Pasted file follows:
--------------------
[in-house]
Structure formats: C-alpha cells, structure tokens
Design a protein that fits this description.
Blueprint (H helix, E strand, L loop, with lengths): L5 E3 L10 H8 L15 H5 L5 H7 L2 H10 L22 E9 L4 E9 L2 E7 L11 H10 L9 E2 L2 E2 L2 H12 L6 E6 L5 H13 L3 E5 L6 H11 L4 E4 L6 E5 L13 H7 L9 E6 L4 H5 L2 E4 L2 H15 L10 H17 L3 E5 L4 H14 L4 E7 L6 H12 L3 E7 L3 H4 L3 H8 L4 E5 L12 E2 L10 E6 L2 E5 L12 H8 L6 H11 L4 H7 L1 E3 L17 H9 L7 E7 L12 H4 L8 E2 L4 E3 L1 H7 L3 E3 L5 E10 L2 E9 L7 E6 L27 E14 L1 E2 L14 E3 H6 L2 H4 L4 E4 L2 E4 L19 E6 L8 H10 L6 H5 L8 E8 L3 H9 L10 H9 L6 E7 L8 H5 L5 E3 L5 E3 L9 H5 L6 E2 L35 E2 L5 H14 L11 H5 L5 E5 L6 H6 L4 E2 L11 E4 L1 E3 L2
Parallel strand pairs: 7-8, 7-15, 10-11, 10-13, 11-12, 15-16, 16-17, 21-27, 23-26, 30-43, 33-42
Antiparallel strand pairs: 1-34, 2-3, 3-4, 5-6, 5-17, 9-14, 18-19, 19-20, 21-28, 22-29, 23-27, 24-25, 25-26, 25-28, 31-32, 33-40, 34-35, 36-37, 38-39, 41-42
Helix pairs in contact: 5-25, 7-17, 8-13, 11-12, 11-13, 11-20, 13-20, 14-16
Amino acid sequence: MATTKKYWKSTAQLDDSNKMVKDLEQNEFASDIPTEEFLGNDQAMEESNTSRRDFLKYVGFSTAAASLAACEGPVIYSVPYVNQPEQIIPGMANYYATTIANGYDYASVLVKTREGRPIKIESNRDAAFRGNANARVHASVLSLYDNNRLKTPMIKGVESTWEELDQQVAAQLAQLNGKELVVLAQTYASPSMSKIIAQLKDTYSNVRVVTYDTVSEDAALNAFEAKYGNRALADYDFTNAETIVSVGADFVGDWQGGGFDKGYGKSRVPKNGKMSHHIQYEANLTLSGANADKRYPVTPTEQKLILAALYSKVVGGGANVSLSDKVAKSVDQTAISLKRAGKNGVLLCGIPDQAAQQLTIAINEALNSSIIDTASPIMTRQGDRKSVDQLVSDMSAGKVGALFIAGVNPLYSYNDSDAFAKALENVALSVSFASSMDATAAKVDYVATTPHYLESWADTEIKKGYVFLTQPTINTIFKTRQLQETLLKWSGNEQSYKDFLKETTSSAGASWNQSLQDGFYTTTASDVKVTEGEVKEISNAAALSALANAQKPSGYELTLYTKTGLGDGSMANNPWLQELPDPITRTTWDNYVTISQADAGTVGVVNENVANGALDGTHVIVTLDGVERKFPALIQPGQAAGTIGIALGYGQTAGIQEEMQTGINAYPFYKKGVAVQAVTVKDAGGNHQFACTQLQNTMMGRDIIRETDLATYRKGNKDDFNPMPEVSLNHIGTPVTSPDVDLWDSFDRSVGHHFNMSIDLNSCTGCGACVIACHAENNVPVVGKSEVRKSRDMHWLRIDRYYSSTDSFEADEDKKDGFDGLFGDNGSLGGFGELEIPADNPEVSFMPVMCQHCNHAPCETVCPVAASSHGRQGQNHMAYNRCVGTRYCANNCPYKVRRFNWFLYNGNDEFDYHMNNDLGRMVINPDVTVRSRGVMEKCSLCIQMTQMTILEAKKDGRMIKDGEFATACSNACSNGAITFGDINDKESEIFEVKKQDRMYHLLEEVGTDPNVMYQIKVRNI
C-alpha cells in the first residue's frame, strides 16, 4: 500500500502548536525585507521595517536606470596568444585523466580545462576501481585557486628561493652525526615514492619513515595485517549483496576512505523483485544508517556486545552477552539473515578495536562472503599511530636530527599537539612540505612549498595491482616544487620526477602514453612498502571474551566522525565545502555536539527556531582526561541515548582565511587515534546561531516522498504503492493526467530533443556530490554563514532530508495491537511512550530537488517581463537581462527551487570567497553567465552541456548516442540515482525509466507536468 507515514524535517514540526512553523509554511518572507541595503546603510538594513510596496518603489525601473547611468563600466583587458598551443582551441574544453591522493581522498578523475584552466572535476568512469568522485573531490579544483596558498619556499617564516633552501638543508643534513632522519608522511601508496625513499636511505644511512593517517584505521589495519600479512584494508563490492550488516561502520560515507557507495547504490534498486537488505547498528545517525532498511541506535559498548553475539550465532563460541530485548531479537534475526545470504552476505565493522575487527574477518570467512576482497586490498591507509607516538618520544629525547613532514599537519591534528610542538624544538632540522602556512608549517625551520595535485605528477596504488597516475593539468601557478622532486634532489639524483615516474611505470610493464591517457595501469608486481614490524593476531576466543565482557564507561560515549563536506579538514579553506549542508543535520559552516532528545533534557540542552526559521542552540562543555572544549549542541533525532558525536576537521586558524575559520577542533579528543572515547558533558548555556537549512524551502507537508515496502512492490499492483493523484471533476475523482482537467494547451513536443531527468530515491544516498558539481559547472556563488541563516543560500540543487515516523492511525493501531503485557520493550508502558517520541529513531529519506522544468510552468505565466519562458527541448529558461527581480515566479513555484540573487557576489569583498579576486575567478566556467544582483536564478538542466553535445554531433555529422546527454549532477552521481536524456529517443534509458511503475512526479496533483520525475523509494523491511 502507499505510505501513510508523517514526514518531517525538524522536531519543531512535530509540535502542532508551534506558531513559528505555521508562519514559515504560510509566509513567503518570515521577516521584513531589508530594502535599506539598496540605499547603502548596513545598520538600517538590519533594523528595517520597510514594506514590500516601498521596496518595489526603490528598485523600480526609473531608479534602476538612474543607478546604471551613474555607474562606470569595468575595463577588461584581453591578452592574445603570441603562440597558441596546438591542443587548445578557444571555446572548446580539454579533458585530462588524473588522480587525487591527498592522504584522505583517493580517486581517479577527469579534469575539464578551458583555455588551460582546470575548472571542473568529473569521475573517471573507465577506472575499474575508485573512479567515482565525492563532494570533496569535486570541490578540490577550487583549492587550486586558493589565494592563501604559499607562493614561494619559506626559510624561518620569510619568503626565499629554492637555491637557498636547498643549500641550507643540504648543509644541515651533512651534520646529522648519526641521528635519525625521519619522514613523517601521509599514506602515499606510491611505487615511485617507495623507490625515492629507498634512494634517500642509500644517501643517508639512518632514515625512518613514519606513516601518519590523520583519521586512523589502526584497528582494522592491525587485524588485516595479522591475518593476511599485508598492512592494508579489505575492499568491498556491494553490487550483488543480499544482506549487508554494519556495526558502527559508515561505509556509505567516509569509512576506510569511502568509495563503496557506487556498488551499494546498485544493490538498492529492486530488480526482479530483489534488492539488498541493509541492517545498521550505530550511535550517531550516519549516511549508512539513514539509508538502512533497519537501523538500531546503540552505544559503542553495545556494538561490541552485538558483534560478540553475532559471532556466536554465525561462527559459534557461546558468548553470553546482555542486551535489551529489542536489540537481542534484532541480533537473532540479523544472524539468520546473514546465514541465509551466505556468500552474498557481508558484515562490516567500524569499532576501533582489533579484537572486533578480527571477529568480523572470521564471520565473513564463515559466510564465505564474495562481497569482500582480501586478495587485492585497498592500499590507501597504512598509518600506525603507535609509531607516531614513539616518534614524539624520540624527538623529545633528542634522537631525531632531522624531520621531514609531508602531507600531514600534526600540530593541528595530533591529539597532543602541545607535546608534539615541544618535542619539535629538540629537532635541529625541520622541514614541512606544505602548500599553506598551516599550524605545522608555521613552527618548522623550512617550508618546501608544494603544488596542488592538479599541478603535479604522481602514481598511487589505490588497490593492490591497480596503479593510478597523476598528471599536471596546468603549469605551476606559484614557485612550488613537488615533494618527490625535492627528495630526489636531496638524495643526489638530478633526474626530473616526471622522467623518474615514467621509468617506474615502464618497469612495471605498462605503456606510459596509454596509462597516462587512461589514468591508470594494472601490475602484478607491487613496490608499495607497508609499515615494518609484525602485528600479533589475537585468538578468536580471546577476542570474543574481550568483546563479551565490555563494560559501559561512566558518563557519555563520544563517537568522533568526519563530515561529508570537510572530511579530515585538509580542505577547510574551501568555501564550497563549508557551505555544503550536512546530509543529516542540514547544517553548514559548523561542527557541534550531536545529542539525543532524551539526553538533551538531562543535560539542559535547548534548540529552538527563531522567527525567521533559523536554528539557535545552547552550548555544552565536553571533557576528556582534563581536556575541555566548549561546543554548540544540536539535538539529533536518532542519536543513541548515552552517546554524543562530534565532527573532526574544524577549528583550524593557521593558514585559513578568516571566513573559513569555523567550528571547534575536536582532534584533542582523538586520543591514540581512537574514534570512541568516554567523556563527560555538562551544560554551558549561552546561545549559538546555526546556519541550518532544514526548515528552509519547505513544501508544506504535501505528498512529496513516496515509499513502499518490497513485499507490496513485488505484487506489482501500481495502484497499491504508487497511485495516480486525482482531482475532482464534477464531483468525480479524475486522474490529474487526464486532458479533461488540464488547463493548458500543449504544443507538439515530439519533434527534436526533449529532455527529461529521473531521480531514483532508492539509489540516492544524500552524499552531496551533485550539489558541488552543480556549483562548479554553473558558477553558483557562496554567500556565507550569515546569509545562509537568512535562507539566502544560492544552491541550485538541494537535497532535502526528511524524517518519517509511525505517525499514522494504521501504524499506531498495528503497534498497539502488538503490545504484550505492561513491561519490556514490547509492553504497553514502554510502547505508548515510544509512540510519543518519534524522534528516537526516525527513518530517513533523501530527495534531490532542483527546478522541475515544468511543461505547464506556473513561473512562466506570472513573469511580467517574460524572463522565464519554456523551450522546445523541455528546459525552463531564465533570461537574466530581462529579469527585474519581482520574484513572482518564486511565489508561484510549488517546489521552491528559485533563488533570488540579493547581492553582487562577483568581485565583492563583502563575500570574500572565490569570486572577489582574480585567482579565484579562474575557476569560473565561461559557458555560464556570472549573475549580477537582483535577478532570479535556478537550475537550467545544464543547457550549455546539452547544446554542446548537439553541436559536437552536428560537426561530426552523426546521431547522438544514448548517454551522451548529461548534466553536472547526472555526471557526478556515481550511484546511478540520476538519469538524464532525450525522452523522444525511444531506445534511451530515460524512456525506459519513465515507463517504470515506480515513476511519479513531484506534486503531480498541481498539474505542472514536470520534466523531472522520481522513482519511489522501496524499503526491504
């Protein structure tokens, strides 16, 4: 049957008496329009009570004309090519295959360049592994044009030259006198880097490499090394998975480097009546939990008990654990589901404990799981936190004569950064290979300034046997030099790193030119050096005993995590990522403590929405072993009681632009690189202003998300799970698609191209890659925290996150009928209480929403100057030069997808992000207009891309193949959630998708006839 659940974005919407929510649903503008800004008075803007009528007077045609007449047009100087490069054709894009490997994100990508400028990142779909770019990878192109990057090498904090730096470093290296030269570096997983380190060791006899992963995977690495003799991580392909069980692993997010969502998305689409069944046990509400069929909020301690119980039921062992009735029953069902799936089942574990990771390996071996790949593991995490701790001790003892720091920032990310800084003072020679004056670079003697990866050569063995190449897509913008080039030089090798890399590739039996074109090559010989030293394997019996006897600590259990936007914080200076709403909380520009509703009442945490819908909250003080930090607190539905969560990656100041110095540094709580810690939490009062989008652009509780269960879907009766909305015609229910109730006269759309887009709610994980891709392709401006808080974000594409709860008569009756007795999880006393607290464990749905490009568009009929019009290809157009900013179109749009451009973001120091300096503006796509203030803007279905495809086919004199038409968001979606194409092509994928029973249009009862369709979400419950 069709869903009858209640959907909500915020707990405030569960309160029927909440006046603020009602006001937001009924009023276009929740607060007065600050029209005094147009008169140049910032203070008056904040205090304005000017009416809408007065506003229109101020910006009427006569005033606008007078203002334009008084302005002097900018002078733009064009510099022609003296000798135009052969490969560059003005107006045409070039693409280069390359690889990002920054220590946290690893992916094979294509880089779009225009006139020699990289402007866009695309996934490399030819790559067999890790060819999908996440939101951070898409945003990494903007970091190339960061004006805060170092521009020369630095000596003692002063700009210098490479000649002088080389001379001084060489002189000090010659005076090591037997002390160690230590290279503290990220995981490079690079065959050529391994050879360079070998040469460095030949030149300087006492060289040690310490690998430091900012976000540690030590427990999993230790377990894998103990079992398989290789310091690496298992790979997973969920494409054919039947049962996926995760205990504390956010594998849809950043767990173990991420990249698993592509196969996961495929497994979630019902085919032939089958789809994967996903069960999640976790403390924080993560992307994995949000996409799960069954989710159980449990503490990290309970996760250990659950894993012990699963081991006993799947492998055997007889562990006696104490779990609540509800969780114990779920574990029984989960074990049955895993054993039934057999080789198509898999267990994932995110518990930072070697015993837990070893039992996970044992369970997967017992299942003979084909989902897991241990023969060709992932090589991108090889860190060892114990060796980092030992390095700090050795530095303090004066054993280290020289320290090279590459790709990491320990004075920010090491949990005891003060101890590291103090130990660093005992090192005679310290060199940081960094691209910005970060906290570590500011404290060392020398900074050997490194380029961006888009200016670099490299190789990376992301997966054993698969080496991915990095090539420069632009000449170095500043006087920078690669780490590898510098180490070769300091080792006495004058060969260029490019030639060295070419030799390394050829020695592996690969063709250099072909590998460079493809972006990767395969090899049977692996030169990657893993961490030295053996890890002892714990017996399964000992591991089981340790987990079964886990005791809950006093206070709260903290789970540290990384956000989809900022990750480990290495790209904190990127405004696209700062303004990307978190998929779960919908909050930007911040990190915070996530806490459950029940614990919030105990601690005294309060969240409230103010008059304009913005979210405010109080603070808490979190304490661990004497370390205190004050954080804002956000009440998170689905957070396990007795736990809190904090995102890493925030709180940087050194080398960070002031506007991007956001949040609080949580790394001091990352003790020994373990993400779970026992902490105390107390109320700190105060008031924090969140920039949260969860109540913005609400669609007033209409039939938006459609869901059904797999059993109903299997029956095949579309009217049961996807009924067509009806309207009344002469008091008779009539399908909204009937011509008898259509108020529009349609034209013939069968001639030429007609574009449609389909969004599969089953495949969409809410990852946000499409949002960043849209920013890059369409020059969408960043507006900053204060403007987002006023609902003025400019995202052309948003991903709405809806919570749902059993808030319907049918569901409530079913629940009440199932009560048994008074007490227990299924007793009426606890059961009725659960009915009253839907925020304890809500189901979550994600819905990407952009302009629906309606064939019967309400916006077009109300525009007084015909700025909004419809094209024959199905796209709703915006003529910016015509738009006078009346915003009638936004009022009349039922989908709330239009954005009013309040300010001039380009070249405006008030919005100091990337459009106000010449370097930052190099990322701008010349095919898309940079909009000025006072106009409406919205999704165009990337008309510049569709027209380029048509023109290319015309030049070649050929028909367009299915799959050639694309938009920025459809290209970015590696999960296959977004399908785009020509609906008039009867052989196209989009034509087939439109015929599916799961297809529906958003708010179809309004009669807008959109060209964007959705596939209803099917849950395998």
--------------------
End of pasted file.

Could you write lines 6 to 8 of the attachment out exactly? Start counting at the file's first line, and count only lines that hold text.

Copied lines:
Antiparallel strand pairs: 1-34, 2-3, 3-4, 5-6, 5-17, 9-14, 18-19, 19-20, 21-28, 22-29, 23-27, 24-25, 25-26, 25-28, 31-32, 33-40, 34-35, 36-37, 38-39, 41-42
Helix pairs in contact: 5-25, 7-17, 8-13, 11-12, 11-13, 11-20, 13-20, 14-16
Amino acid sequence: MATTKKYWKSTAQLDDSNKMVKDLEQNEFASDIPTEEFLGNDQAMEESNTSRRDFLKYVGFSTAAASLAACEGPVIYSVPYVNQPEQIIPGMANYYATTIANGYDYASVLVKTREGRPIKIESNRDAAFRGNANARVHASVLSLYDNNRLKTPMIKGVESTWEELDQQVAAQLAQLNGKELVVLAQTYASPSMSKIIAQLKDTYSNVRVVTYDTVSEDAALNAFEAKYGNRALADYDFTNAETIVSVGADFVGDWQGGGFDKGYGKSRVPKNGKMSHHIQYEANLTLSGANADKRYPVTPTEQKLILAALYSKVVGGGANVSLSDKVAKSVDQTAISLKRAGKNGVLLCGIPDQAAQQLTIAINEALNSSIIDTASPIMTRQGDRKSVDQLVSDMSAGKVGALFIAGVNPLYSYNDSDAFAKALENVALSVSFASSMDATAAKVDYVATTPHYLESWADTEIKKGYVFLTQPTINTIFKTRQLQETLLKWSGNEQSYKDFLKETTSSAGASWNQSLQDGFYTTTASDVKVTEGEVKEISNAAALSALANAQKPSGYELTLYTKTGLGDGSMANNPWLQELPDPITRTTWDNYVTISQADAGTVGVVNENVANGALDGTHVIVTLDGVERKFPALIQPGQAAGTIGIALGYGQTAGIQEEMQTGINAYPFYKKGVAVQAVTVKDAGGNHQFACTQLQNTMMGRDIIRETDLATYRKGNKDDFNPMPEVSLNHIGTPVTSPDVDLWDSFDRSVGHHFNMSIDLNSCTGCGACVIACHAENNVPVVGKSEVRKSRDMHWLRIDRYYSSTDSFEADEDKKDGFDGLFGDNGSLGGFGELEIPADNPEVSFMPVMCQHCNHAPCETVCPVAASSHGRQGQNHMAYNRCVGTRYCANNCPYKVRRFNWFLYNGNDEFDYHMNNDLGRMVINPDVTVRSRGVMEKCSLCIQMTQMTILEAKKDGRMIKDGEFATACSNACSNGAITFGDINDKESEIFEVKKQDRMYHLLEEVGTDPNVMYQIKVRNI